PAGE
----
Yesterday we visited a couple of wineries (and Ostrich Land!) in the Santa Ynez Valley. I was not going out to make photographs; I was going out to enjoy time with friends. This is what I got the Fuji for.

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Would a longer lens have been nice while visiting this miniature horse ranch? Sure, but the X100s challenged me to frame my images differently. Wish I’d gotten lower. Oh well.

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Preparing to feed the ostriches. Snapshots of friends are absolutely why I got the Fuji.

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I struggle with the X100s focus system for any sort of moving subject, but at f/5.6 in bright light, it is very forgiving.

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The X100s also provides better acuity and dynamic range than we have any right to expect.

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As I said, I haven’t figured out how to use the X100s for action, but sometimes I get lucky. Which is fine while snapshooting. If I was traveling to the Santa Ynez Valley to photograph Ostriches, I would bring the big bag o’ Nikons. And a couple of flashes. And maybe some light stands and umbrellas.

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I am occasionally reminded that the X100s is capable of far more than I usually get out of it. When I do my part, the camera delivers excellent images.

The lightweight X100s allows me to maneuver it into unusual positions.

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My dinner wine, reflected in the table, along with a very photogenic sky. I would have felt very self-conscious trying to shoot something like this with my Nikon D610 – at least until my third glass of wine. But I use the X100s in silent mode, so when I raise the camera and snap the frame, I’m done before anyone notices.

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I Did It Better Last Time, By Not Being A Photographer

I ignored good advice from others, and from myself. I know dang well that I shoot better when I carry less gear on vacation.

To be fair, though, this vacation was to offer a rare opportunity (for me) to visit a Great Blue Heron rookery in a stand of old-growth pines. How could I NOT bring the D610, 70-200 f/2.8, and 1.7x teleconverter?

As it turned out, the day of our visit to Cathedral Pines was murky (rainy/humid/grey), the herons were very far away, and when they were visible at all, they were only visible behind masses of tree limbs.

As close as I got to a heron photo at the rookery. That said, the experience itself was magnificent.

As close as I got to a heron photo at the rookery. That said, the experience itself was magnificent.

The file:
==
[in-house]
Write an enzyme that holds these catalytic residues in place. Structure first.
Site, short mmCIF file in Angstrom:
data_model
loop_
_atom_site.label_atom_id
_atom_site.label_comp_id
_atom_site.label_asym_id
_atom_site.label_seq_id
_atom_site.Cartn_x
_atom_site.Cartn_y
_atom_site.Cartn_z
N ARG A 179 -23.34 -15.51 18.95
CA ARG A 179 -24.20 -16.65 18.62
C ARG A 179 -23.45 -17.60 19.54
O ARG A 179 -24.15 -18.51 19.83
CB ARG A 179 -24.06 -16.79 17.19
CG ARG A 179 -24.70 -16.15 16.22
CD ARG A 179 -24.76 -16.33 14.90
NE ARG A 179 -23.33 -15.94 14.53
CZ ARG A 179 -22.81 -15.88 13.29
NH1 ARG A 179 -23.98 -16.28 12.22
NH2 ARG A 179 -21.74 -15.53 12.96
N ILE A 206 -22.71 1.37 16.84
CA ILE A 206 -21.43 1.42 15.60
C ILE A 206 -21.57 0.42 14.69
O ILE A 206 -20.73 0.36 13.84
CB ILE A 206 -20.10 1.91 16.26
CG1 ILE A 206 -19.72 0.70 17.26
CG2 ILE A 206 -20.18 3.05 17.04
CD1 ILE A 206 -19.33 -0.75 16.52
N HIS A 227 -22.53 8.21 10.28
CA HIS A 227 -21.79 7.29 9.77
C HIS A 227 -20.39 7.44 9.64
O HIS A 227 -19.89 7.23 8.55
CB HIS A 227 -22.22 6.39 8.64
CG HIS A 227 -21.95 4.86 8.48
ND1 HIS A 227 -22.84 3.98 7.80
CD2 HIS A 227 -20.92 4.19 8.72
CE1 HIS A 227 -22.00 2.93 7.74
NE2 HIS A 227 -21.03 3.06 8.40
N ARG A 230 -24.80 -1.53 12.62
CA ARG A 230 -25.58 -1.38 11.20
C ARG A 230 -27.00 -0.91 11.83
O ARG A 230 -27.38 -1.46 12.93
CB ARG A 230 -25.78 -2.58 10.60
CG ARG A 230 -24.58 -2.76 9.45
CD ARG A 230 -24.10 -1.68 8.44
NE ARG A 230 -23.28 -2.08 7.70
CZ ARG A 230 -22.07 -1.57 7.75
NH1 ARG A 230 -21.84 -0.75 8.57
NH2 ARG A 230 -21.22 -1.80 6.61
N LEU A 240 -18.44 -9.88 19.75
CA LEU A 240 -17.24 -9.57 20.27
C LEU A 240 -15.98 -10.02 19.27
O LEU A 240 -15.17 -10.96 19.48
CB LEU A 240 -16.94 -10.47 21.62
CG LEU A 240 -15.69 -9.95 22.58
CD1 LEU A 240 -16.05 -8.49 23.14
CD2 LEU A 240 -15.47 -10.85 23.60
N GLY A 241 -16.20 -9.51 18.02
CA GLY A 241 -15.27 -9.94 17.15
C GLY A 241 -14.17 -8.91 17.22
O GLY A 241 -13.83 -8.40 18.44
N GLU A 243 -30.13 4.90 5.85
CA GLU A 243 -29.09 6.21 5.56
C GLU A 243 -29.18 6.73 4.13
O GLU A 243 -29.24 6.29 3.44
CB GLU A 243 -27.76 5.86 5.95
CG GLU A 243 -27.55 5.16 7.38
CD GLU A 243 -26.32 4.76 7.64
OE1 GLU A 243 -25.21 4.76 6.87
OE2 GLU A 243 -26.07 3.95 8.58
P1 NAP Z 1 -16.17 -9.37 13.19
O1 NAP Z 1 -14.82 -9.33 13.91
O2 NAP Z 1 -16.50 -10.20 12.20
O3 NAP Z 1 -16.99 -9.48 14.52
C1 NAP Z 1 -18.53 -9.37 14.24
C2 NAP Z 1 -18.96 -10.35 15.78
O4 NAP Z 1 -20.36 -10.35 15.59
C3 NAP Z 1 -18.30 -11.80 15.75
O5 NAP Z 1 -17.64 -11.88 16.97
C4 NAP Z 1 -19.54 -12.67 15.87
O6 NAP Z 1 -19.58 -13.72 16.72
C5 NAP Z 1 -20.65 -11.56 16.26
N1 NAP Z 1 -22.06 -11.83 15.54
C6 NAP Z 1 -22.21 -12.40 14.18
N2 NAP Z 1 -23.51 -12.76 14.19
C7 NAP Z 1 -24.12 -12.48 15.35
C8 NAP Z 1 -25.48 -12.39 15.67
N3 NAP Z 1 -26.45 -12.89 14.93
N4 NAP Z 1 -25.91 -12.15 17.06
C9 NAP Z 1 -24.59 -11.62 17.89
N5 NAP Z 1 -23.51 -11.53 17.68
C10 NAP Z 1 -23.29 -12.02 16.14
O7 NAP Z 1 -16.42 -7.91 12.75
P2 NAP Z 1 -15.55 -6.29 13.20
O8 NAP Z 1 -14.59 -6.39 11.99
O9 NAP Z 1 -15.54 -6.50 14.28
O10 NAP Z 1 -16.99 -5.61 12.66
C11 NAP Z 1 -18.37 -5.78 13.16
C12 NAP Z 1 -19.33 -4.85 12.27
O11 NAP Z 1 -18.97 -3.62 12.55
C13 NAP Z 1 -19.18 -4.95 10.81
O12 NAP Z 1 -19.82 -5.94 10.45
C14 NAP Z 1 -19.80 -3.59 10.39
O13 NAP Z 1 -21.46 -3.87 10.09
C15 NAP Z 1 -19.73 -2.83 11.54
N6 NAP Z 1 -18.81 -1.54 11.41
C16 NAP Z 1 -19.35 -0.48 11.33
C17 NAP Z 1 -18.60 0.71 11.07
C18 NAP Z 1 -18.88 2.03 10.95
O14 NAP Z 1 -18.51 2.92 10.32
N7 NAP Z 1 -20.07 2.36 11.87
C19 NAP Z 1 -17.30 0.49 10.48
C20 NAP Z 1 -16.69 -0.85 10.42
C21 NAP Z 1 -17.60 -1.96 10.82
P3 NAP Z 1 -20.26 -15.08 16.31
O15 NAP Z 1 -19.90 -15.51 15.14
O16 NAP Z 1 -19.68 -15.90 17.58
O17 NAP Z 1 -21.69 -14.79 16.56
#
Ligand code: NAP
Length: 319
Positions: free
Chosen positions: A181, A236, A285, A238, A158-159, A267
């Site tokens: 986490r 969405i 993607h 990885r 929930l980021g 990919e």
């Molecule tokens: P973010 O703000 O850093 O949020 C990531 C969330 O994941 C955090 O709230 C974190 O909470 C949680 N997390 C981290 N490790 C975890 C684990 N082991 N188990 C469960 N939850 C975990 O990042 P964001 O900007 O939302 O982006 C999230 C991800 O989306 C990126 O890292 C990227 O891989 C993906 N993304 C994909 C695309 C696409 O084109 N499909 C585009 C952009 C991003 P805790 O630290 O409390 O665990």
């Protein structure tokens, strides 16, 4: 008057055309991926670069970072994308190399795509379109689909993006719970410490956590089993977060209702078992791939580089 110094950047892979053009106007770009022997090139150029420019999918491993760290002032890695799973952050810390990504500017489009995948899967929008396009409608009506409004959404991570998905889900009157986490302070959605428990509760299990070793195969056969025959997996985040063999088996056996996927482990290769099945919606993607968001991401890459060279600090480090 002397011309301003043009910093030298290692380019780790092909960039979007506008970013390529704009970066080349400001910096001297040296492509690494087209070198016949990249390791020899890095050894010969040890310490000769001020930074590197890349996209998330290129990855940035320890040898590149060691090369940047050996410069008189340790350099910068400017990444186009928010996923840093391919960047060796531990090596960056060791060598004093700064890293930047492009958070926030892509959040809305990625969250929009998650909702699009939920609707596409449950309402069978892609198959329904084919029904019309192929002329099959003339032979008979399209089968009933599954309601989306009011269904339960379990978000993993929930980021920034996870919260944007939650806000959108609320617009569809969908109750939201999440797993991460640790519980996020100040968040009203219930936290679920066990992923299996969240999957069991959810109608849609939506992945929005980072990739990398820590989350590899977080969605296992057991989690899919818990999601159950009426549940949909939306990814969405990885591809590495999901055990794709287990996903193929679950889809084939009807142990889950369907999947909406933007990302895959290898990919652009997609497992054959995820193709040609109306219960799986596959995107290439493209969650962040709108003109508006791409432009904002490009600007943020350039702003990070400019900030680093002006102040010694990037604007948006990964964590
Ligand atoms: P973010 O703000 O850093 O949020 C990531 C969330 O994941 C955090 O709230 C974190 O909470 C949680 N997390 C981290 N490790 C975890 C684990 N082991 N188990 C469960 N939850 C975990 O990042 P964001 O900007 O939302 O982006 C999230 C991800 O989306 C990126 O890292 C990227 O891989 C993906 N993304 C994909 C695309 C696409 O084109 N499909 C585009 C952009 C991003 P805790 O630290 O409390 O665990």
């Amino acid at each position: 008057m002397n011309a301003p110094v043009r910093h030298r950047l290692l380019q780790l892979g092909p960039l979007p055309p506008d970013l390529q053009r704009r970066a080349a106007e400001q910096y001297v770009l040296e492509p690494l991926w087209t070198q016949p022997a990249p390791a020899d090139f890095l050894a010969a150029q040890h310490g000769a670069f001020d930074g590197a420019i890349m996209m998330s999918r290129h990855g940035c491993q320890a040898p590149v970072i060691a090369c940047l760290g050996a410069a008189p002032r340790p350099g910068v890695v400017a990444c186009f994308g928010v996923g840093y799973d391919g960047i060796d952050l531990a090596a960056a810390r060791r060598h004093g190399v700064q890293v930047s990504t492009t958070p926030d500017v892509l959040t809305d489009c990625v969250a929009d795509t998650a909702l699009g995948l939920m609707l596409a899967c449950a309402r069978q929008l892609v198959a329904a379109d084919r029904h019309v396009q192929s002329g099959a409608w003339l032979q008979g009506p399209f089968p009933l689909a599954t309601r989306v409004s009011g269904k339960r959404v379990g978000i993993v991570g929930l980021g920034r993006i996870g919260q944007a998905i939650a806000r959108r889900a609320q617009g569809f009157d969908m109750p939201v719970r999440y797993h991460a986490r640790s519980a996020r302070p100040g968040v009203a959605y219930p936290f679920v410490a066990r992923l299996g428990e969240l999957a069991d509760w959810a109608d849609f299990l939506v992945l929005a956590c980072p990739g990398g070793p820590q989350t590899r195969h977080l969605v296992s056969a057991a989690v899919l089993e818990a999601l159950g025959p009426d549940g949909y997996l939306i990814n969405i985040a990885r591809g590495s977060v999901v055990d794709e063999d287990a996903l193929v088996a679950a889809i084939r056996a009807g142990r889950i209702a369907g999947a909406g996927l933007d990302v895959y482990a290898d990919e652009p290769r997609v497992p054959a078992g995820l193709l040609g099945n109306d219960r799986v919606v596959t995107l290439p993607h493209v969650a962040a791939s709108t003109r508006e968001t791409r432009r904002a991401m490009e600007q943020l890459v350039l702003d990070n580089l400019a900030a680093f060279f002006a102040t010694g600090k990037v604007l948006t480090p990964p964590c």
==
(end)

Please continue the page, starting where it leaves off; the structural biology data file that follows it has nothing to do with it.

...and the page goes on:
A nest, about 80 feet in the air...

A nest, about 80 feet above me…

Other than the long zoom and teleconverter, I brought a 24mm f/2.8, and did much of my shooting with that.

Brad and Alicia; the real reason we were in Wisconsin.

Brad and Alicia; the real reason we were in Wisconsin.

Now I have to admit that if I were traveling by myself, I would have spent many long hours at the rookery, getting eaten by mosquitos, until I got some dramatic images of adult Herons and/or chicks. But this was a vacation, not an assignment, and I wasn’t by myself. I was with three other people getting eaten by mosquitos. Not the right time to be saying, “just 1,000 more frames, and then we can get lunch…”

We had a wonderful time with our friends, and I got a couple of photos while out and about.

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A cabin in Mineral Point, Wisconsin, built in 1828.

A cabin in Mineral Point, Wisconsin, built in 1828.

And then, on our last night, the best photographic opportunity of all: Brad and Alicia needed a headshot of their daughter Hope. I’ve rarely used the new D610 with the 70-200 sans teleconverter, and I like the results very much.

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So, the moral of the story is that I talk to myself but I don’t listen. I should vacation with the camera I bought for vacationing: the FujiFilm X100s, and plan photo trips as solitary photo trips. Seems like the best way to enjoy each type of trip.  That said:

...we were with people we love, having a great time, and it wasn't about photography.

…we were with people we love, having a great time, and it wasn’t about photography.

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Filed under Camera Gear, Nature Photography, Professional vs. Amateur, Travel and Vacation